David Horgan took the reins as CEO of Petrel Resources Plc’s (AIM:PET) and grew market cap to GBP£1.74M recently. Understanding how CEOs are incentivised to run and grow their company is an important aspect of investing in a stock. Incentives can be in the form of compensation, which should always be structured in a way that promotes value-creation to shareholders. Today we will assess Horgan’s pay and compare this to the company’s performance over the same period, as well as measure it against other UK CEOs leading companies of similar size and profitability. See our latest analysis for PET
Did Horgan create value?
Profitability of a company is a strong indication of PET’s ability to generate returns on shareholders’ funds through corporate activities. In this exercise, I will use profits as a proxy for Horgan’s performance. Most recently, PET produced negative earnings of -€0.4M , which is a further decline from prior year’s loss of -€0.2M. Furthermore, on average, PET has been loss-making in the past, with a 5-year average EPS of -€0.01. During times of unprofitability the company may be going through a period of reinvestment and growth, or it can be a sign of some headwind. Regardless, CEO compensation should be reflective of the current condition of the business. From the latest financial report, Horgan’s total compensation remained stable at €30,000 since the previous year. Although I couldn’t find information on the breakdown of Horgan’s pay, if some portion were non-cash items such as stocks and options, then fluctuations in PET’s share price can affect the real level of what the CEO actually receives.
Is PET’s CEO overpaid relative to the market?
While there is no cookie-cutter approach, as remuneration should account for specific factors of the company and market, we can estimate a high-level thresold to see if PET deviates substantially from its peers. This outcome can help shareholders ask the right question about Horgan’s incentive alignment. Typically, a UK small-cap is worth around £696M, creates earnings of £67M, and remunerates its CEO at roughly £1M per year. Usually I’d use market cap and profit as factors determining performance, however, PET’s negative earnings reduces the effectiveness of this method. Looking at the range of compensation for small-cap executives, it seems like Horgan is paid aptly compared to those in similar-sized companies. Putting everything together, even though PET is loss-making, it seems like the CEO’s pay is appropriate.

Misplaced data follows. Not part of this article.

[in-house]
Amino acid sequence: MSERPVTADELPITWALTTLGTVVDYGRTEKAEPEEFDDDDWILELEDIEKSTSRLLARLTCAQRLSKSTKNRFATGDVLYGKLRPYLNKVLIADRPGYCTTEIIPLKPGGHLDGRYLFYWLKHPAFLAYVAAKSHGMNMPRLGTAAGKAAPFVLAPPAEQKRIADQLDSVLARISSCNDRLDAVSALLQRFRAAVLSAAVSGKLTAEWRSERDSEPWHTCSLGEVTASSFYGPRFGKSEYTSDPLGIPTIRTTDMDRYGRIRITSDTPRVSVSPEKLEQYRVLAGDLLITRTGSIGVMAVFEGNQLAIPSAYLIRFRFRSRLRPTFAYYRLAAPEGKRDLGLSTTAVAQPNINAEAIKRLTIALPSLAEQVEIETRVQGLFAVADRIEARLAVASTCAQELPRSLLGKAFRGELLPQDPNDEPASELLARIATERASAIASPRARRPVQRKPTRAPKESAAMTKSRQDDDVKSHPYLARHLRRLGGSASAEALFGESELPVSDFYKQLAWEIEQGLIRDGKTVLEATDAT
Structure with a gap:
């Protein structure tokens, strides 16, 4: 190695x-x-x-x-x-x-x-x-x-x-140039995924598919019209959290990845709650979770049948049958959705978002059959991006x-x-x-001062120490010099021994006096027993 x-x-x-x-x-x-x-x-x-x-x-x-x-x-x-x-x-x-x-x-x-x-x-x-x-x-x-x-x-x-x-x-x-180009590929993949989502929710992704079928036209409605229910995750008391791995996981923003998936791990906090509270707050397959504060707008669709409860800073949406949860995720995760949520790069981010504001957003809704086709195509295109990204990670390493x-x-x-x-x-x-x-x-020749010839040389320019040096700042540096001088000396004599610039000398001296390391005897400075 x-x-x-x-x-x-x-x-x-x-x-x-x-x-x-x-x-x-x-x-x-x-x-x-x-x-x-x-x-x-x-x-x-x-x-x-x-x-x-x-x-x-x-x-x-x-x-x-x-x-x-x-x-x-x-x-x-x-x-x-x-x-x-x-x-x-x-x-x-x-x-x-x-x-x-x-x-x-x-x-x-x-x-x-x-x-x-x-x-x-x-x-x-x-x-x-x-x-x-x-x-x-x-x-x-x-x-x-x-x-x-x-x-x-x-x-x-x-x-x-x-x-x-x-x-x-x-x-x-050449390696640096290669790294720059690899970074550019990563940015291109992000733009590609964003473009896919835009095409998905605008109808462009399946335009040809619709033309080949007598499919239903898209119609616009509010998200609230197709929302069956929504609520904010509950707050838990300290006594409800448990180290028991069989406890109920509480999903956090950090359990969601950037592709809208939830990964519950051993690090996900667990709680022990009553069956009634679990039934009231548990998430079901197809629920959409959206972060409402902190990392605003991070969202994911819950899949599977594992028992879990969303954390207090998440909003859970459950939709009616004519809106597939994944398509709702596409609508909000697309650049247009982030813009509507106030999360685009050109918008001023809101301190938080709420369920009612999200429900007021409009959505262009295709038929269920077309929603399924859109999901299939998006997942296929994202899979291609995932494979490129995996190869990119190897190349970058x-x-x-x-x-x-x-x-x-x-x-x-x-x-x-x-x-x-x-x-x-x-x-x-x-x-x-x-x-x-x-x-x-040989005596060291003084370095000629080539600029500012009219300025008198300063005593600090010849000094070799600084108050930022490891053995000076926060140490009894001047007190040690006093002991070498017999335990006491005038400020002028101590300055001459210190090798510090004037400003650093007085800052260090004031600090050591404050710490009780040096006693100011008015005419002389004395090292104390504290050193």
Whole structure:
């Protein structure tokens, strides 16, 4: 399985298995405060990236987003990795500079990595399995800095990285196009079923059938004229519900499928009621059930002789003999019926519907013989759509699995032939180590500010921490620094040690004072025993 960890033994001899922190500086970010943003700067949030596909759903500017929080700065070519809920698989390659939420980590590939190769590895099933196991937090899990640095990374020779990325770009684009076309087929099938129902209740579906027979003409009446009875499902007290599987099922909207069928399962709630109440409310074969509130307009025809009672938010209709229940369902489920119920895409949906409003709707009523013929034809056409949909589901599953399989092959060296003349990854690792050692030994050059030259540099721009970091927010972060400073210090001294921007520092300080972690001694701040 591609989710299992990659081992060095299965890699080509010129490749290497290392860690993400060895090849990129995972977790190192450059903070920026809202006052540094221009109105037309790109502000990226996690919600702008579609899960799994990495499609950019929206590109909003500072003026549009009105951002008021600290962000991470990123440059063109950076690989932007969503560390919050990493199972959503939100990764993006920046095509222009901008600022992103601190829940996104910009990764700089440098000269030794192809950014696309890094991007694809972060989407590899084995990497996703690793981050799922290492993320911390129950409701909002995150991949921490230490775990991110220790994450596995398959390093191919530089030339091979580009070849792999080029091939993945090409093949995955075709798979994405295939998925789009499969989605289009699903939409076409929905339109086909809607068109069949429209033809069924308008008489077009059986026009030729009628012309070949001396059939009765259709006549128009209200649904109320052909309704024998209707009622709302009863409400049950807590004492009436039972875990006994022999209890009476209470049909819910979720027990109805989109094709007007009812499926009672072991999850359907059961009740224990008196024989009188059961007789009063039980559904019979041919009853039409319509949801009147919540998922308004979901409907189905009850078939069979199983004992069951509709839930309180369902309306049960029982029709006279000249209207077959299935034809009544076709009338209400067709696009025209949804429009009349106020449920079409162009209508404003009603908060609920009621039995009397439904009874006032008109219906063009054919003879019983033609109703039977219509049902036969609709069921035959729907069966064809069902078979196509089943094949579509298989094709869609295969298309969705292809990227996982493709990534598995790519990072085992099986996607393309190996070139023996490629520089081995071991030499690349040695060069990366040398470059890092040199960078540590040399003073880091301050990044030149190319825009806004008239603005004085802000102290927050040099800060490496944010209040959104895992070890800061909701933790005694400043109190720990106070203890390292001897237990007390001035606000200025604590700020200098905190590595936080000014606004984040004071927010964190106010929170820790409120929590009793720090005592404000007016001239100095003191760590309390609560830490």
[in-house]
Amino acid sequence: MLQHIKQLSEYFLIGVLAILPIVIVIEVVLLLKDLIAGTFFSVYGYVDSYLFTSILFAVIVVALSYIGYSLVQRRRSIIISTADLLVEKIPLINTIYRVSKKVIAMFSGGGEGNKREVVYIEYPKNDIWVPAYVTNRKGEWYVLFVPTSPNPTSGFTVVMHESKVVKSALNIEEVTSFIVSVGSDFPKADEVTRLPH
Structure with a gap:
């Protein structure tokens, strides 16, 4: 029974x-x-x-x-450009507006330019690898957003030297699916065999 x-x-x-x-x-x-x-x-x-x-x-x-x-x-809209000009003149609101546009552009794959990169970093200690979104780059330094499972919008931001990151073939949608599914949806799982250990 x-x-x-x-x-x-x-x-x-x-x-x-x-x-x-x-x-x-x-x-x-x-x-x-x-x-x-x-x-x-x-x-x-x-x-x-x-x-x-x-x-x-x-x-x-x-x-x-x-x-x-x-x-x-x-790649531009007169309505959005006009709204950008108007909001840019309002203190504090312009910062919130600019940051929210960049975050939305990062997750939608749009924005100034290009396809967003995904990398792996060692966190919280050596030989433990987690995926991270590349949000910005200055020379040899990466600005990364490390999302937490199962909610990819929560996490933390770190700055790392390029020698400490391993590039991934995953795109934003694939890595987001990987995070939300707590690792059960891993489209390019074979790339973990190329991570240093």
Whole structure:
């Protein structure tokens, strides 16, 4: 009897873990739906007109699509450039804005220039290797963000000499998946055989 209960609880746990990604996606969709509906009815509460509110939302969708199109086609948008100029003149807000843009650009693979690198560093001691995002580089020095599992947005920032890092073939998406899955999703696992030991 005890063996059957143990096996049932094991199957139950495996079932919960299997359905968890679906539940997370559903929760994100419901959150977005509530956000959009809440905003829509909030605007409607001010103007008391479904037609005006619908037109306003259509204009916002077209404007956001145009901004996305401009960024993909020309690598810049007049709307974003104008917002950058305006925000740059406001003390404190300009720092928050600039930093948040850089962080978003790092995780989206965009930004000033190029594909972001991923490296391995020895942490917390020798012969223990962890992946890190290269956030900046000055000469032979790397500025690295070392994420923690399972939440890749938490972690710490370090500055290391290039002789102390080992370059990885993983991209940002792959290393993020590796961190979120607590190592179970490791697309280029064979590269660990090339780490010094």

What this means for you:
Are you a shareholder? Hopefully this article has given you insight on how shareholders should think about PET’s governance policies such as CEO pay. As an investor, you have the right to understand how the board thinks about management incentives, and also the right to vote for and against substantial CEO pay changes. Governance is a big factor in investing, and I encourage you to dig deeper into those that represent your voice on the board. To find out more about PET’s governance, look through our infographic report of the company’s board and management.
Are you a potential investor? While CEO compensation is a good indication for how well-aligned the company leader is its investors, it is certainly not enough to simply base your investment decision on this metric. Regardless of whether Horgan’s pay is above or below peers, the more important factors to look at is PET’s track record of performance and future outlook moving forward. To research more about these fundamentals, I recommend you check out our simple infographic report on PET’s financial metrics.
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To help readers see pass the short term volatility of the financial market, we aim to bring you a long-term focused research analysis purely driven by fundamental data. Note that our analysis does not factor in the latest price sensitive company announcements.
The author is an independent contributor and at the time of publication had no position in the stocks mentioned.